North Merchiston Cemetery, Edinburgh - 28 April 2001

Owing to vandalism, neglect and the uncertainty of the future of North Merchiston Cemetery in Edinburgh, efforts by the Royal Highland Fusiliers to place a marker over the unmarked plot of Private Charles Kennedy had been thwarted.

However, recently Edinburgh City Council decided to take over the cemetery, clearing unwanted trees, bushes and undergrowth allowing the marking of Charles Kennedy's grave to go ahead. The ceremony took place on the 28th April 2001, 94 years after his funeral. It was organised by the Royal Highland Fusiliers and attended by two relatives, one from Canada who had carried out extensive research into Kennedy.

Charles Thomas Kennedy was born in Westport, Edinburgh on 6th January 1876 and owing to the depression in 1891 joined the 2nd Battalion, Highland Light Infantry. He spent the next three years training and taking part in manoeuvres with the regiment before it was posted to service in India in 1894. Whilst Kennedy was with the Regiment in India he took part in the supression of an uprising on the North West Frontier, the HLI being part of the Malakand Field Force. Charles Kennedy returned to Scotland in 1898 after completing his seven year enlistment term, and was placed on reserve status. However, a little over a year later the 2nd Boer War erupted and Kennedy was recalled to the colours in October 1899.

As part of the Highland Brigade, the Highland Light Infantry's first major action was in the disastrous battle of Magersfontein. Charles Kennedy also participated in the decisive encircling operation that became known as Wittebergen which resulted in the capture of a large portion of the Boer forces. In the days that followed the Boers resorted to well organised guerilla tactics. As a counter-measure, most regiments, including the HLI, were broken into smaller units and then given assignments to guard certain towns and villages.

Kennedy's company was assigned to the garrison at Dewetsdorp which is about forty miles south-east of Bloemfontein, the capital of Orange Free State. On the 18th November 1900 they were attacked by Boer forces led by Christian DeWet which took a position on one side of the hills overlooking the town. Private Kennedy and six other men volunteered to retake the position. Private McGregor, one of the seven, went to get some water but was shot down. Kennedy immediately went to his aid.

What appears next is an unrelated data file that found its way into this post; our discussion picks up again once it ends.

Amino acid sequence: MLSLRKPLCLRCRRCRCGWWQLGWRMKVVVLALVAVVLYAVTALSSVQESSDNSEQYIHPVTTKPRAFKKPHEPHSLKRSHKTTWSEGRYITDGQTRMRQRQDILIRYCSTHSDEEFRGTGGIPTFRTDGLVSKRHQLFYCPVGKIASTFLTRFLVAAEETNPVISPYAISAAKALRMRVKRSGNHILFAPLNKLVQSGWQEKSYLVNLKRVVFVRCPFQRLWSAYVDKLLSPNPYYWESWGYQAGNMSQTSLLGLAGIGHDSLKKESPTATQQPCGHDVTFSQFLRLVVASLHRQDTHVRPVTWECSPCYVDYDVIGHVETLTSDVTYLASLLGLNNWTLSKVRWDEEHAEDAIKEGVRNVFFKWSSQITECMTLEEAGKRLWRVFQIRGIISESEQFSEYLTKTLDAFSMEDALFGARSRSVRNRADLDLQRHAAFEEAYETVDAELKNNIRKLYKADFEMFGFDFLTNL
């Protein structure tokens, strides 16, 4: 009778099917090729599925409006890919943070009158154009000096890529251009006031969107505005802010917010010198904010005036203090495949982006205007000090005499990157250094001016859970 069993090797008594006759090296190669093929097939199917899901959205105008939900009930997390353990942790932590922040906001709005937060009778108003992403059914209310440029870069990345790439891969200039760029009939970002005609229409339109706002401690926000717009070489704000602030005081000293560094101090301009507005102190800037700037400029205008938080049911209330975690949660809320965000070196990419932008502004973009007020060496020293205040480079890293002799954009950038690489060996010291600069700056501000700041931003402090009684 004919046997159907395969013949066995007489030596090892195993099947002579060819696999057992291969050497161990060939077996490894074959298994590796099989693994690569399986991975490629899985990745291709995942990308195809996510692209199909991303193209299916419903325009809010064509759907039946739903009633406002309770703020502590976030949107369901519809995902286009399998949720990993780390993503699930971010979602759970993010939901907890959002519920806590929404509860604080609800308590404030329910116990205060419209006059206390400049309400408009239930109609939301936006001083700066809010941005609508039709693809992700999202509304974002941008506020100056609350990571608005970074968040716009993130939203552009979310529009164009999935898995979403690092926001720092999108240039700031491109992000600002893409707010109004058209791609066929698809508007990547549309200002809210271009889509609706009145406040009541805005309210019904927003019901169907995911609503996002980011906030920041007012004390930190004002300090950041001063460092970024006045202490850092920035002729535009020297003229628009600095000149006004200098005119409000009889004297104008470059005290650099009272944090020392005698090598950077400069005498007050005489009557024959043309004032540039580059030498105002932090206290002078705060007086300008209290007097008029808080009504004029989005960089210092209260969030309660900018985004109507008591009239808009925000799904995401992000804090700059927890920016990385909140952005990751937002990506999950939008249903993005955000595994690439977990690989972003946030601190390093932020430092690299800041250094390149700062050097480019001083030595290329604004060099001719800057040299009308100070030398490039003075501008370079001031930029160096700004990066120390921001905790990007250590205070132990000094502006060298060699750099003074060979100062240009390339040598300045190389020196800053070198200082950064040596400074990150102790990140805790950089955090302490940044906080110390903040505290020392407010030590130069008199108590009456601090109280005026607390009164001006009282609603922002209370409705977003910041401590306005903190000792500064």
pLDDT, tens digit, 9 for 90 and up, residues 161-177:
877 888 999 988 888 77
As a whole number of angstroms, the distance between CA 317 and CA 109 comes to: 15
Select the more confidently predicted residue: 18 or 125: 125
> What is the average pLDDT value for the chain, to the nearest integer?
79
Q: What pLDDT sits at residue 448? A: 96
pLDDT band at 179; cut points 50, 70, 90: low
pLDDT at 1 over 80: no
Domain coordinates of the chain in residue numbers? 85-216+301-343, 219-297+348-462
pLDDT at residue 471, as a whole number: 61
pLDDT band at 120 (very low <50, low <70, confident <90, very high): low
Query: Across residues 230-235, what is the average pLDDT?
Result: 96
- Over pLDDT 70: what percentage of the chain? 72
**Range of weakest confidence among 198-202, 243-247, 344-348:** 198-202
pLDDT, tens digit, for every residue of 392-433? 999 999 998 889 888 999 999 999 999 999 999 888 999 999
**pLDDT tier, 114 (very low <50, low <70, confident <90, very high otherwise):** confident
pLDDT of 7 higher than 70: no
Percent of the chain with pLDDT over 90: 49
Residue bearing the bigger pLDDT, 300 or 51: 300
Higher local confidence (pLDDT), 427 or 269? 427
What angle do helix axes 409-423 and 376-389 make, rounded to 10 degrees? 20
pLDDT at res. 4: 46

For the award of the Victoria Cross.

[ London Gazette, 18 October 1901 ]. Dewetsdorp, South Africa, 22 November 1900, Private Charles Kennedy, 1st Bn, The Highland Light Infantry.

Carried a comrade, who was dangerously wounded and bleeding to death, from Gibralter Hill to the hospital, a distance of three-quarters of a mile, under a very hot fire. On the following day, volunteers having been called for to take a message to the Commandant across a space over which it was almost certain death to venture, Private Kennedy at once stepped forward. He did not, however, succeed in delivering the message, as he was severely wounded before he had gone twenty yards.
Charles Kennedy was invested with his Victoria Cross by King Edward VII at St James' Palace on the 17th December 1901.

He subsequently failed to meet the Army's physical requirements owing to his wound and was discharged from the Service on 25th June 1902. He then returned to Edinburgh.

At Edinburgh on 24th April 1907, he was again called on to show his bravery when a horse bolted with a contractor's cart in Leith Walk and in attempting to stop it he was knocked down and the wheels passed over him. Kennedy died on the way to the Royal Infirmary and was buried in the North Merchiston Cemetery on 28th April 1907. Following Kennedy's funeral however, a headstone was not erected over his grave.

Medal entitlement of Private Charles Kennedy - 2nd Bn, Highland Light Infantry

  • Victoria Cross
  • India Medal ( 1895-1902 )
    • 1 clasp:
    • "Punjab Frontier 1897-98"
  • Queen's South Africa Medal ( 1899-1902 )
    • 3 clasps:
    • "Cape Colony" - "Paardeberg" - "Wittebergen"


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Iain Stewart, 26 September 2002